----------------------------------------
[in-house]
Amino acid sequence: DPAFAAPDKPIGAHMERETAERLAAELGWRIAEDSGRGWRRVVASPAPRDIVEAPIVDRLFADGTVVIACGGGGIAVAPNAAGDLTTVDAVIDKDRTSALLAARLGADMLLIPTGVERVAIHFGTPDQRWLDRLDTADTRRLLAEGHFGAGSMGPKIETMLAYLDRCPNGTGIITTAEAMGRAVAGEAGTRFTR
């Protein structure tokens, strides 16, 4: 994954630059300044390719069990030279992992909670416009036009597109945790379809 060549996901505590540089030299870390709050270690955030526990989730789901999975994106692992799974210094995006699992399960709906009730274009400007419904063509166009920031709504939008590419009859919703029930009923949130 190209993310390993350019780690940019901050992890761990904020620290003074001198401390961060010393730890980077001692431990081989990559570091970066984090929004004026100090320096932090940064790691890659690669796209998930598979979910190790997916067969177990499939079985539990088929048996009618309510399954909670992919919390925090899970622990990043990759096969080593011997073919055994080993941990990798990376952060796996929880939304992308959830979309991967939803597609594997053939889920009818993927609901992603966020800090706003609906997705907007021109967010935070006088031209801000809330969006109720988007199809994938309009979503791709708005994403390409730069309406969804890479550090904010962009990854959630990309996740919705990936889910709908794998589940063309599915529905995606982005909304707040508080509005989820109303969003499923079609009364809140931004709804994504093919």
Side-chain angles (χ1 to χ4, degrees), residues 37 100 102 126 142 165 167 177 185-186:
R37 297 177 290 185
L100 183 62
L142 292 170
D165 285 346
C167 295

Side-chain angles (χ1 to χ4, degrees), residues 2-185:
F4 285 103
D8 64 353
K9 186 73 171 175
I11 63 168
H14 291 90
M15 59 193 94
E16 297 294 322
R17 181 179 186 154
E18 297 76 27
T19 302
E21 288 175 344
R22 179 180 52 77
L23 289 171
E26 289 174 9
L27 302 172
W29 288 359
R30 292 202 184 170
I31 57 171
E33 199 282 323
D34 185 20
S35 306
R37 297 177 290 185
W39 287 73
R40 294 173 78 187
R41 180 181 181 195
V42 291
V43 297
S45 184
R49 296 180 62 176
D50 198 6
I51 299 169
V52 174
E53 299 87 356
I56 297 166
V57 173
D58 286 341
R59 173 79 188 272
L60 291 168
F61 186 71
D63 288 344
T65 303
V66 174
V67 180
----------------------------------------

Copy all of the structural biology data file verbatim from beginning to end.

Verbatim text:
[in-house]
Amino acid sequence: DPAFAAPDKPIGAHMERETAERLAAELGWRIAEDSGRGWRRVVASPAPRDIVEAPIVDRLFADGTVVIACGGGGIAVAPNAAGDLTTVDAVIDKDRTSALLAARLGADMLLIPTGVERVAIHFGTPDQRWLDRLDTADTRRLLAEGHFGAGSMGPKIETMLAYLDRCPNGTGIITTAEAMGRAVAGEAGTRFTR
């Protein structure tokens, strides 16, 4: 994954630059300044390719069990030279992992909670416009036009597109945790379809 060549996901505590540089030299870390709050270690955030526990989730789901999975994106692992799974210094995006699992399960709906009730274009400007419904063509166009920031709504939008590419009859919703029930009923949130 190209993310390993350019780690940019901050992890761990904020620290003074001198401390961060010393730890980077001692431990081989990559570091970066984090929004004026100090320096932090940064790691890659690669796209998930598979979910190790997916067969177990499939079985539990088929048996009618309510399954909670992919919390925090899970622990990043990759096969080593011997073919055994080993941990990798990376952060796996929880939304992308959830979309991967939803597609594997053939889920009818993927609901992603966020800090706003609906997705907007021109967010935070006088031209801000809330969006109720988007199809994938309009979503791709708005994403390409730069309406969804890479550090904010962009990854959630990309996740919705990936889910709908794998589940063309599915529905995606982005909304707040508080509005989820109303969003499923079609009364809140931004709804994504093919």
Side-chain angles (χ1 to χ4, degrees), residues 37 100 102 126 142 165 167 177 185-186:
R37 297 177 290 185
L100 183 62
L142 292 170
D165 285 346
C167 295

Side-chain angles (χ1 to χ4, degrees), residues 2-185:
F4 285 103
D8 64 353
K9 186 73 171 175
I11 63 168
H14 291 90
M15 59 193 94
E16 297 294 322
R17 181 179 186 154
E18 297 76 27
T19 302
E21 288 175 344
R22 179 180 52 77
L23 289 171
E26 289 174 9
L27 302 172
W29 288 359
R30 292 202 184 170
I31 57 171
E33 199 282 323
D34 185 20
S35 306
R37 297 177 290 185
W39 287 73
R40 294 173 78 187
R41 180 181 181 195
V42 291
V43 297
S45 184
R49 296 180 62 176
D50 198 6
I51 299 169
V52 174
E53 299 87 356
I56 297 166
V57 173
D58 286 341
R59 173 79 188 272
L60 291 168
F61 186 71
D63 288 344
T65 303
V66 174
V67 180